Launched in 2013 and spearheaded by Delphine Arnault, second-in-command at Louis Vuitton and a key talent scout at the luxury group her family controls, the prize is open to designers under age 40 who have presented and sold at least two collections of men’s or women’s ready-to-wear.
The past four winners of the main prize are Marine Serre, Grace Wales Bonner, Marques’Almeida and Thomas Tait, and the award has also boosted the careers of its runner-up special-prize winners: Kozaburo Akasaka, Vejas, Jacquemus, Hood by Air and Miuniku.
LVMH also rewards three graduates from fashion schools. They will each receive 10,000 euros and will join one of the group’s houses for one year.
Last year’s edition drew 1,250 applications from 90 countries, with 21 semi-finalists invited to show their work during Paris Fashion Week

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Christophe Girard to Exit LVMH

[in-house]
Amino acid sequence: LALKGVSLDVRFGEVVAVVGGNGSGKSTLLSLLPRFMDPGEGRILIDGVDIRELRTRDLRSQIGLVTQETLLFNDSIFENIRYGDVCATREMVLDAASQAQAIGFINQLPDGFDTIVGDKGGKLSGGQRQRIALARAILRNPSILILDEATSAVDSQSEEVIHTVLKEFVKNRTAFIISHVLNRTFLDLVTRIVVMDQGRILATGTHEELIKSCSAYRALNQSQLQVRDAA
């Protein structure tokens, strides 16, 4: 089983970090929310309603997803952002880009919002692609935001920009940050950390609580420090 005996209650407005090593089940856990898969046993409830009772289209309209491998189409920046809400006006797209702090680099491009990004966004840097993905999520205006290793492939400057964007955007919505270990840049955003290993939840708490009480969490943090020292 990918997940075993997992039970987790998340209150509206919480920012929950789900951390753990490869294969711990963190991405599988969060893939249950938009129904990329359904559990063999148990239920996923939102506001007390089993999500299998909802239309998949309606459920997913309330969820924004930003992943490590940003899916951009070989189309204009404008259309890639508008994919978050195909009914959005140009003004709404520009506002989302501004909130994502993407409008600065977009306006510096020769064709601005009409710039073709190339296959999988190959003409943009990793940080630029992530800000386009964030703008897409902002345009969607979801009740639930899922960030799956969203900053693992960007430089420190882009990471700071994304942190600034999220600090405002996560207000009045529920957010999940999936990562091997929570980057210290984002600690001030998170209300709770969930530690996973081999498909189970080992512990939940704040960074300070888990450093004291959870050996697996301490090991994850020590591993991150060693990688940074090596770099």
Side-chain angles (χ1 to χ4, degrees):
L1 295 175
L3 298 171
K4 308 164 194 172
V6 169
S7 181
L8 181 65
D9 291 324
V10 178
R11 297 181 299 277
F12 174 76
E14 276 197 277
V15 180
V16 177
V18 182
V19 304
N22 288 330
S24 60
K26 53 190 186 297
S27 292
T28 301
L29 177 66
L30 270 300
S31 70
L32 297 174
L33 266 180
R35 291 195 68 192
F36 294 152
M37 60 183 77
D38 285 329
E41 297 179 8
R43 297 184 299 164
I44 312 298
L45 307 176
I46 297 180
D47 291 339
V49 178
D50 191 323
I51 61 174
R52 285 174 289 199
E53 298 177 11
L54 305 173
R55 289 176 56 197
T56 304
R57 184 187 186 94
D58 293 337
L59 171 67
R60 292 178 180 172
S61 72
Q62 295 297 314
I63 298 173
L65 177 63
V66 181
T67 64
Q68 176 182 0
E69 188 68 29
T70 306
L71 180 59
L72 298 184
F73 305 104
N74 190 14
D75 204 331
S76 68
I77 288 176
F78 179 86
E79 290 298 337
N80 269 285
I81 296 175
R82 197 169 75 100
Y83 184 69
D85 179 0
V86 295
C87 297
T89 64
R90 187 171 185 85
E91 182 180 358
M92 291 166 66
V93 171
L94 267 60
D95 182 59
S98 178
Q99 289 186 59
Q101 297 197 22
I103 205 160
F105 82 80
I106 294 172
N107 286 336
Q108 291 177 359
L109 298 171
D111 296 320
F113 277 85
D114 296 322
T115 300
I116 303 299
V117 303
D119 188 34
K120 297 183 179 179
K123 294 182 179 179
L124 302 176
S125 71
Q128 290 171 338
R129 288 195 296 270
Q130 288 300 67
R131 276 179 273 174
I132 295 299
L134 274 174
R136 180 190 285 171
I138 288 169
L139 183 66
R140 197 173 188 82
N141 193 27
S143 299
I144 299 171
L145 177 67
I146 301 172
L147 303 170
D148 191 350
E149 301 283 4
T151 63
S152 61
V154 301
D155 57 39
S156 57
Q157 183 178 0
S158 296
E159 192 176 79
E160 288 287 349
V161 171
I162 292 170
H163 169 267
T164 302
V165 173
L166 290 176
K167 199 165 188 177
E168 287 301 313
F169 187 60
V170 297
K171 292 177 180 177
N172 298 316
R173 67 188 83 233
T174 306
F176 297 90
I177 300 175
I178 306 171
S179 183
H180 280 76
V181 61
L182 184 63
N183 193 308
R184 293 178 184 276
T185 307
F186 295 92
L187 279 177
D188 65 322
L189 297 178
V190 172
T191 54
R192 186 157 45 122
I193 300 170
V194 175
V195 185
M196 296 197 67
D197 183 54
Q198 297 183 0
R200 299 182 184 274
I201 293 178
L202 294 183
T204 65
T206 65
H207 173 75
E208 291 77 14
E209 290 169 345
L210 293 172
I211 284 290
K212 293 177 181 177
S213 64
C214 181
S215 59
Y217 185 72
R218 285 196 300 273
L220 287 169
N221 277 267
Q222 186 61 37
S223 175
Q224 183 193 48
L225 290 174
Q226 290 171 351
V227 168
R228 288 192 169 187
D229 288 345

POLITICAL MANEUVERS: Christophe Girard, who has straddled politics and luxury goods for years, is to exit LVMH Moët Hennessy Louis Vuitton over the summer, according to market sources. He joined LVMH from Yves Saint Laurent in 1999 and held the title director of strategy in its fashion and leather goods division. Girard could not be reached for comment.

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Marques’ Almeida’s Marta Marques and Paulo Almeida Win LVMH Prize

PARIS — Marques’ Almeida’s Marta Marques and Paulo Almeida won the second annual LVMH Prize, an international contest for young designers selected by some of the industry’s biggest creative figures.